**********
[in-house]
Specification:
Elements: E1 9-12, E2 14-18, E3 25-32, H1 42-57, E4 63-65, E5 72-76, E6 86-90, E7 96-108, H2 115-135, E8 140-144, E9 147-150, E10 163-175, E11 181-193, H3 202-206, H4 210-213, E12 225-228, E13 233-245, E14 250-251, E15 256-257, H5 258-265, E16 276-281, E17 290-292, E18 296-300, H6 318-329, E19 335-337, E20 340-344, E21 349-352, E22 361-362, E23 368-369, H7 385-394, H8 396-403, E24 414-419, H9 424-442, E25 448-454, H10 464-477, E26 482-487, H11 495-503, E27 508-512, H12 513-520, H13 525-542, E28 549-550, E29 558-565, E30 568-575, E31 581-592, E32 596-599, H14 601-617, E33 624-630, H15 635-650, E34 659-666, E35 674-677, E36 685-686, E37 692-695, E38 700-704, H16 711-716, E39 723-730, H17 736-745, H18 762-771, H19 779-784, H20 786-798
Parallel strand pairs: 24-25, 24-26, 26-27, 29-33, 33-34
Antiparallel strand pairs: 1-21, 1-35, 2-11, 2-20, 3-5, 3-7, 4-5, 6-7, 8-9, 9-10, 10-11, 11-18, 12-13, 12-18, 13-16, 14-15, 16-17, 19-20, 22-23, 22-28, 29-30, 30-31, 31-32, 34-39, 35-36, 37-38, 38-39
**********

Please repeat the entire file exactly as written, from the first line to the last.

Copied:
[in-house]
Specification:
Elements: E1 9-12, E2 14-18, E3 25-32, H1 42-57, E4 63-65, E5 72-76, E6 86-90, E7 96-108, H2 115-135, E8 140-144, E9 147-150, E10 163-175, E11 181-193, H3 202-206, H4 210-213, E12 225-228, E13 233-245, E14 250-251, E15 256-257, H5 258-265, E16 276-281, E17 290-292, E18 296-300, H6 318-329, E19 335-337, E20 340-344, E21 349-352, E22 361-362, E23 368-369, H7 385-394, H8 396-403, E24 414-419, H9 424-442, E25 448-454, H10 464-477, E26 482-487, H11 495-503, E27 508-512, H12 513-520, H13 525-542, E28 549-550, E29 558-565, E30 568-575, E31 581-592, E32 596-599, H14 601-617, E33 624-630, H15 635-650, E34 659-666, E35 674-677, E36 685-686, E37 692-695, E38 700-704, H16 711-716, E39 723-730, H17 736-745, H18 762-771, H19 779-784, H20 786-798
Parallel strand pairs: 24-25, 24-26, 26-27, 29-33, 33-34
Antiparallel strand pairs: 1-21, 1-35, 2-11, 2-20, 3-5, 3-7, 4-5, 6-7, 8-9, 9-10, 10-11, 11-18, 12-13, 12-18, 13-16, 14-15, 16-17, 19-20, 22-23, 22-28, 29-30, 30-31, 31-32, 34-39, 35-36, 37-38, 38-39